Issue 7, Articles 30-31, 28 July 2000

Immediate reporting on violations of religious liberty and on religion in
communist and post-communist lands.

The Churches of the Holy Prophet Elijah, St Paraskeva and St Nicholas were
all dynamited within six weeks of each other.

The Serbian Orthodox Church leaders in Kosovo and the chairman of the
Kosovo Helsinki Committee agree that KFOR and UNMIK need to investigate
the recent attacks on churches in Kosovo, but seem to disagree over who may
be responsible for the desecration and destruction. UNMIK told Keston that
though it had not been proven, they believed the �local population� was to

Friday 28 July 2000

by Branko Bjelajac and Felix Corley, Keston News Service

In mid-July another Serbian Orthodox church in Kosovo was reduced to rubble,
the latest in what appears to be a systematic campaign to destroy all Serbian
Orthodox religious sites in the disputed province which the Orthodox blame on
`Albanian extremists'. With more than 100 buildings either destroyed or badly
damaged in the year since the Kosovo Stabilisation Force (KFOR) and the
United Nations Mission in Kosovo (UNMIK) took over the administration of
the province under the United Nations mandate, Serbian Orthodox
representatives have told Keston News Service that the international
administration is not doing enough to protect their places of worship. The
chairman of the Kosovo Helsinki Committee told Keston from Pristina that it
had not yet been proved that Albanians were behind the attacks and called on
KFOR and UNMIK to do more to investigate them and to prevent further such
attacks. However, an UNMIK spokeswoman rejected Albanian suggestions that
such destructions might be the work of agents of Belgrade and backed up
Serbian Orthodox claims that Albanians were to blame.

The Church of the Holy Prophet Elijah in Pomazatin, on the left bank of the
river Drenica, 12 kilometres west of Pristina, was dynamited in a powerful
explosion late on 16 July. The church - built in 1937 and partially destroyed by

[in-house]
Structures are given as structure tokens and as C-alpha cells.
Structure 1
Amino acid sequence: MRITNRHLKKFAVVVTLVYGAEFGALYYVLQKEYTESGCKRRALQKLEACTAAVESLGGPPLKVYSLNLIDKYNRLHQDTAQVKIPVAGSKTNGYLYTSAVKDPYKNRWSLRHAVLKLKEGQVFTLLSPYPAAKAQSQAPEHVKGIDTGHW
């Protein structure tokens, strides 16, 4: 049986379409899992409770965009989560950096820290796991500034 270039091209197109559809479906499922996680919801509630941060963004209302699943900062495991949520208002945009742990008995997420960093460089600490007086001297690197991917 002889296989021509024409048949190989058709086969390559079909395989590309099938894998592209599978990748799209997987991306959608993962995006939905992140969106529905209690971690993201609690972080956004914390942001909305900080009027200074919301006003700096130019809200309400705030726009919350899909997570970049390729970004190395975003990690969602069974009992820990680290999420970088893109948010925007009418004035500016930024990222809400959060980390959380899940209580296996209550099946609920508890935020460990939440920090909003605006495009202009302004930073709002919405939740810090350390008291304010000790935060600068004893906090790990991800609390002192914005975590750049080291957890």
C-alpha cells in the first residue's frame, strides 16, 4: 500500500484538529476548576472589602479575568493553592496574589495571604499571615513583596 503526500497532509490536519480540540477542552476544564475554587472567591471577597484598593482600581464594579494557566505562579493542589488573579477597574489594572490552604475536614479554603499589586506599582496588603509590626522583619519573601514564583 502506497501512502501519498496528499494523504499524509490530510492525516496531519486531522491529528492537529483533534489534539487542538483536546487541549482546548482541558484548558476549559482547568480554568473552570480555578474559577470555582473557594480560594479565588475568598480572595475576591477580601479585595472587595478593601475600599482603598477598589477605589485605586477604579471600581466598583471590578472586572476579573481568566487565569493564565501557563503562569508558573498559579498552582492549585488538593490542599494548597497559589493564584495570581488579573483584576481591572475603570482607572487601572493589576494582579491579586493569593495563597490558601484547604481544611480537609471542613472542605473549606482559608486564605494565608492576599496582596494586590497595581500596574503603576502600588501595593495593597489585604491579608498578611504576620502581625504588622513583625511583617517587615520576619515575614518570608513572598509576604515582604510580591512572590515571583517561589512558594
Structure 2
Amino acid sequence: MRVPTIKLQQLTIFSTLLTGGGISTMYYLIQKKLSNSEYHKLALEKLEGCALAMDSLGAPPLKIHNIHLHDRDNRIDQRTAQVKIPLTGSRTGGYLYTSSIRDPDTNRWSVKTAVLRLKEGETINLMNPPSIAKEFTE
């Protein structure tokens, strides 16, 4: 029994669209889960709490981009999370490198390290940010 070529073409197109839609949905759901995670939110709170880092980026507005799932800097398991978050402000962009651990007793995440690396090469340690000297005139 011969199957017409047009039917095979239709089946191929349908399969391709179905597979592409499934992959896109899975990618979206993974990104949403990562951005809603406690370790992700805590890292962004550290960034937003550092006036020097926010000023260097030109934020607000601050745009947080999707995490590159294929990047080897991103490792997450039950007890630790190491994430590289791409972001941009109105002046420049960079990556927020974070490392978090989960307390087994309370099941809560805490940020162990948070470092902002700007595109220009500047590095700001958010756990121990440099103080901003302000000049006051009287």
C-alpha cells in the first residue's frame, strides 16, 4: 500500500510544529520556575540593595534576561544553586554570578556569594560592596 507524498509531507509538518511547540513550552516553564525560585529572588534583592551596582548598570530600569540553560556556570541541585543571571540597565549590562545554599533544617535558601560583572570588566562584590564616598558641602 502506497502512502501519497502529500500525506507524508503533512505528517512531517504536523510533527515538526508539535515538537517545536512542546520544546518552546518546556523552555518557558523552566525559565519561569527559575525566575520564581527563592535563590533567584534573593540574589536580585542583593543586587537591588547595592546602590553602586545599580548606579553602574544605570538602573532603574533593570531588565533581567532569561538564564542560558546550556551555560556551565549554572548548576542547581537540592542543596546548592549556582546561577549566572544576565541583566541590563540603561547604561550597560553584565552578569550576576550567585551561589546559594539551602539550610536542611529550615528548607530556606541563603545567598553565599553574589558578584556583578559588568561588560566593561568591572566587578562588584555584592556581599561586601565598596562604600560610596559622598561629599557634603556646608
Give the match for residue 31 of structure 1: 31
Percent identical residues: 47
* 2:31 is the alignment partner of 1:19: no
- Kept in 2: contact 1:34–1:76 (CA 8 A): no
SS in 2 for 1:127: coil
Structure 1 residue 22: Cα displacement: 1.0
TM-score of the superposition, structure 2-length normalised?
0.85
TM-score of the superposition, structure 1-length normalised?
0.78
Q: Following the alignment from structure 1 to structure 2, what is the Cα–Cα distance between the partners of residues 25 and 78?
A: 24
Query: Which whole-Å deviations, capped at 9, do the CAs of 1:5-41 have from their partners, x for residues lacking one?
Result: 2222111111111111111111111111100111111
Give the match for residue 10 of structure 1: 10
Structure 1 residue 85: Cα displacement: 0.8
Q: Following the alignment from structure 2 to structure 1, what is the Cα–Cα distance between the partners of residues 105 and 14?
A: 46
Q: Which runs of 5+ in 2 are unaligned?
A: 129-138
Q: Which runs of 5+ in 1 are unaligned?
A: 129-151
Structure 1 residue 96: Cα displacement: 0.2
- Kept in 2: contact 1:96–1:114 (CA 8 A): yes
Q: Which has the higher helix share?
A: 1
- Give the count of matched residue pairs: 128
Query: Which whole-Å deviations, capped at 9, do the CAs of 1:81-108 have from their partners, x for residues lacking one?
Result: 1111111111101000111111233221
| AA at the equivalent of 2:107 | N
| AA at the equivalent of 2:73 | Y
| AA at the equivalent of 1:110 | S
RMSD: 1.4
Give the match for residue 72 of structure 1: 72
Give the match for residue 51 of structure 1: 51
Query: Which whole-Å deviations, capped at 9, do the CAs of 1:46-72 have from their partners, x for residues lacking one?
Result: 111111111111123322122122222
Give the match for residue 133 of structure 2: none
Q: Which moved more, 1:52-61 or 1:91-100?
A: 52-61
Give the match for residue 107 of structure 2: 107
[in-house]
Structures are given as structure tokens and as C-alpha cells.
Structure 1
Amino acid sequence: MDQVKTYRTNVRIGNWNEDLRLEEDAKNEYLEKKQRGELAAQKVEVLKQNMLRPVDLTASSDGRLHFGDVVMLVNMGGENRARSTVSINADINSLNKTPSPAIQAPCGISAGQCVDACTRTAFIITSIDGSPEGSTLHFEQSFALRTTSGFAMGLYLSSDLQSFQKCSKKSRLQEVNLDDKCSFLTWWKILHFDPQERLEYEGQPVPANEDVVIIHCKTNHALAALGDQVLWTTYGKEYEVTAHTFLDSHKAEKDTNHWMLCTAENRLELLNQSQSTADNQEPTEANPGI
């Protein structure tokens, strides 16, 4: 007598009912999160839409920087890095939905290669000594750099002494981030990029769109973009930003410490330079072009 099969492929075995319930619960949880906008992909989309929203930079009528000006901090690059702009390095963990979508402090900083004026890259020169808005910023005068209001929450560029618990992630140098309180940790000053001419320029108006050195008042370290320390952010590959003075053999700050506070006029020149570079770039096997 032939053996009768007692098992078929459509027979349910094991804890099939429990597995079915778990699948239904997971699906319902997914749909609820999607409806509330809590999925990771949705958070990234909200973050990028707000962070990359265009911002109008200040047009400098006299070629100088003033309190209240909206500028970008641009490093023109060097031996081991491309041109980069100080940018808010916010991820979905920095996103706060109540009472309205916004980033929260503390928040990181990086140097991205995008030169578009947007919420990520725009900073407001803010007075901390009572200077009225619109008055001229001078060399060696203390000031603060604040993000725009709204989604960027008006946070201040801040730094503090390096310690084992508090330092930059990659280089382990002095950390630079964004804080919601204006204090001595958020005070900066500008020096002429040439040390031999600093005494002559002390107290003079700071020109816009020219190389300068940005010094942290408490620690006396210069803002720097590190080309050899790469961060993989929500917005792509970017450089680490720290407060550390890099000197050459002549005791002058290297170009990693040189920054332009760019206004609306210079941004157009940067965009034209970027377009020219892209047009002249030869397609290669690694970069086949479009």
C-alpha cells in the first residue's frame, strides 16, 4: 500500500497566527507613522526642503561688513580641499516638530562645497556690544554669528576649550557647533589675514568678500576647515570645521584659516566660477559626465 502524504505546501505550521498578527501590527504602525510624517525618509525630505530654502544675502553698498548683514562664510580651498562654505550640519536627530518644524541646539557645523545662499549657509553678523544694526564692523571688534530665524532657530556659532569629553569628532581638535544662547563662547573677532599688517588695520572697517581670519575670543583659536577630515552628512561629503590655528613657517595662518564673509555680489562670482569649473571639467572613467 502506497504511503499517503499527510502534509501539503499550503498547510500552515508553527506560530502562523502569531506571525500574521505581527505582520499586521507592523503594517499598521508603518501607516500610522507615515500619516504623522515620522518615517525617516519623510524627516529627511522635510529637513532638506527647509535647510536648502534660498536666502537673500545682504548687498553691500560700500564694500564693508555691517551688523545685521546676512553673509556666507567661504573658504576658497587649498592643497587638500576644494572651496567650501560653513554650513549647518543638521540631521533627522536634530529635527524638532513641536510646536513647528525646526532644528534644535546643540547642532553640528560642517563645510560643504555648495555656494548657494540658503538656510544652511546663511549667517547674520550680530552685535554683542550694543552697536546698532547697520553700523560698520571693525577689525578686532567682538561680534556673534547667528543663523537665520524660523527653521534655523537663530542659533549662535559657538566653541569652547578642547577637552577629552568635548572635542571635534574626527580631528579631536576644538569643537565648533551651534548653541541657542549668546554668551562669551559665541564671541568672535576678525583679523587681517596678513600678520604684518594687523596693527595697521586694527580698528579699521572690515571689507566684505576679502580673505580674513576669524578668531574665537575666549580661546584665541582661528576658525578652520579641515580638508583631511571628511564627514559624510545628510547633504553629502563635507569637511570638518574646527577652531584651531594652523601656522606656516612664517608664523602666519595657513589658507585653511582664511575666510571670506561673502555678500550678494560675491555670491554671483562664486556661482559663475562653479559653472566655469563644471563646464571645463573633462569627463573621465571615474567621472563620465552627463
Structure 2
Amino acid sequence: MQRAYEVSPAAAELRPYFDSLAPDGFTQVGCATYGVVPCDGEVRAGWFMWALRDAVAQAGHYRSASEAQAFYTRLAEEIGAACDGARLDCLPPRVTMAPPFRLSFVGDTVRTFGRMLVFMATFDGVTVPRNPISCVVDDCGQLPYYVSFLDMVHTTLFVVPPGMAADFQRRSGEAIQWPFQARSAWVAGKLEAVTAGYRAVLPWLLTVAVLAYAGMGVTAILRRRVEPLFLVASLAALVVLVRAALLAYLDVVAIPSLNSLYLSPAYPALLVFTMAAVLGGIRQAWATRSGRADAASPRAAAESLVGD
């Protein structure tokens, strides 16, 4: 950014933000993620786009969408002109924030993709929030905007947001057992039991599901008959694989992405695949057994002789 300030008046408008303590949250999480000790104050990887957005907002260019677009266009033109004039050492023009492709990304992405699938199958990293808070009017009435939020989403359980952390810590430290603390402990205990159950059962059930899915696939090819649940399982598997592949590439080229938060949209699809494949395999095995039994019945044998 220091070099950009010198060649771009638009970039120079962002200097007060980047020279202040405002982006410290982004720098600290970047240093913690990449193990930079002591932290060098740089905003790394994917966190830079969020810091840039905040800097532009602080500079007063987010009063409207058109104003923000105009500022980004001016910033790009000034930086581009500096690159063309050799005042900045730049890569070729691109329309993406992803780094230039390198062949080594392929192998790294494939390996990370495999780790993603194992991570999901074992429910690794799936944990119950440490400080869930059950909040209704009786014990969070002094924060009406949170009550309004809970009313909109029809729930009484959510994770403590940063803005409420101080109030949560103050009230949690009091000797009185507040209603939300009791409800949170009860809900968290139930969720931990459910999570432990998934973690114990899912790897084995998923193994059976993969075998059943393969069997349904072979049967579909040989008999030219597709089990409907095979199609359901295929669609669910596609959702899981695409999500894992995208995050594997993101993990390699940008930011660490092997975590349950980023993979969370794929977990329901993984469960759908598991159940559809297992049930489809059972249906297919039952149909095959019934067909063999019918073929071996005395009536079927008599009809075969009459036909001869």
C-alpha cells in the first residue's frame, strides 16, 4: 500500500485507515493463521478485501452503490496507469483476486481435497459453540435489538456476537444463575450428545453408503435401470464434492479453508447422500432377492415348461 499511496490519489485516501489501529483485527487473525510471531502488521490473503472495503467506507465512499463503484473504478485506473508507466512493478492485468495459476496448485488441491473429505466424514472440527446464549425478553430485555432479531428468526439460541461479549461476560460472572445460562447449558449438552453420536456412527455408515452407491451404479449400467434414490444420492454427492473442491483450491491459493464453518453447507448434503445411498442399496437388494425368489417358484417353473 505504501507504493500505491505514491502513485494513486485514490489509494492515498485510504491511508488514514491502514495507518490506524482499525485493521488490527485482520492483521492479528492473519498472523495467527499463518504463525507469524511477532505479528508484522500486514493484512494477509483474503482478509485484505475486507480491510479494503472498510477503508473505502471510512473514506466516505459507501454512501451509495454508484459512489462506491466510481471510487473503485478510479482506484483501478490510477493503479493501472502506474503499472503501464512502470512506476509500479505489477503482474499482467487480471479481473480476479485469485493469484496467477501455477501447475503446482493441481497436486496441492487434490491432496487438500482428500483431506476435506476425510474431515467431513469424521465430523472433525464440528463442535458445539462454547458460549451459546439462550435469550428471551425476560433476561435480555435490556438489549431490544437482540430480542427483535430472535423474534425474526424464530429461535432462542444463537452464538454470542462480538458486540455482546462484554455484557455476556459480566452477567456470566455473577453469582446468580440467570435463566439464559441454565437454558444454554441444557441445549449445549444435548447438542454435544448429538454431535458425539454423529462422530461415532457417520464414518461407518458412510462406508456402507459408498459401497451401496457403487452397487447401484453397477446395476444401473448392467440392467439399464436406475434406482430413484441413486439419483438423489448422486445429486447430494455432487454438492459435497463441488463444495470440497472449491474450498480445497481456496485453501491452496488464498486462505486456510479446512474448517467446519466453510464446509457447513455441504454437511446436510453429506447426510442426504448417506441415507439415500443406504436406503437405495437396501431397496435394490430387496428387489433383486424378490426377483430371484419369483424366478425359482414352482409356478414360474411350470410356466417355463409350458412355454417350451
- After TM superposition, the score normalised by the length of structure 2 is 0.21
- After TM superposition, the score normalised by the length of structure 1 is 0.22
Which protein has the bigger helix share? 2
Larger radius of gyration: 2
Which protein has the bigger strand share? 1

the Balli units (Albanian fascists) in 1941 - was rebuilt in 1965 and served as a
parish church until several years ago, when it became partially inactive. On 3
August 1999, after the deployment of substantial British KFOR units in the
vicinity of the church, attackers used a hand grenade to destroy the entrance,
just one day after the liturgy was held in the church to commemorate St Elijah's
Day. `Despite this damage the church could be easily repaired and the Diocese
requested KFOR to secure the church from further destruction,' the Diocese of
Raska and Prizren declared in a statement. `KFOR only surrounded the church
with barbed wire and from time to time patrols would pass by.'

The former parish priest of Pomazatin, RADIVOJE PANIC, visited the ruined
church in the wake of the attack. `He called us and reported that the Albanian
extremists used 30 kilograms of explosive to completely destroy it. There is
only a pile of stones left. A very sad picture, very said,' SRDJAN
JABLANOVIC, head of the Raska and Prizren diocesan office in Belgrade told
Keston. `I used to go to visit this church when I lived in Kosovo to report on
the damage carried out by Albanian extremists in the early 1990s - broken roof,
damaged door, damaged candlesticks, etc. I believe that KFOR is now trying to
make some sort of excuse by saying that the church building was not in use.'
Jablanovic pointed out that there is a `great concentration' of KFOR soldiers in
the area, since the church is close to Slatina airport and a major coal mine, and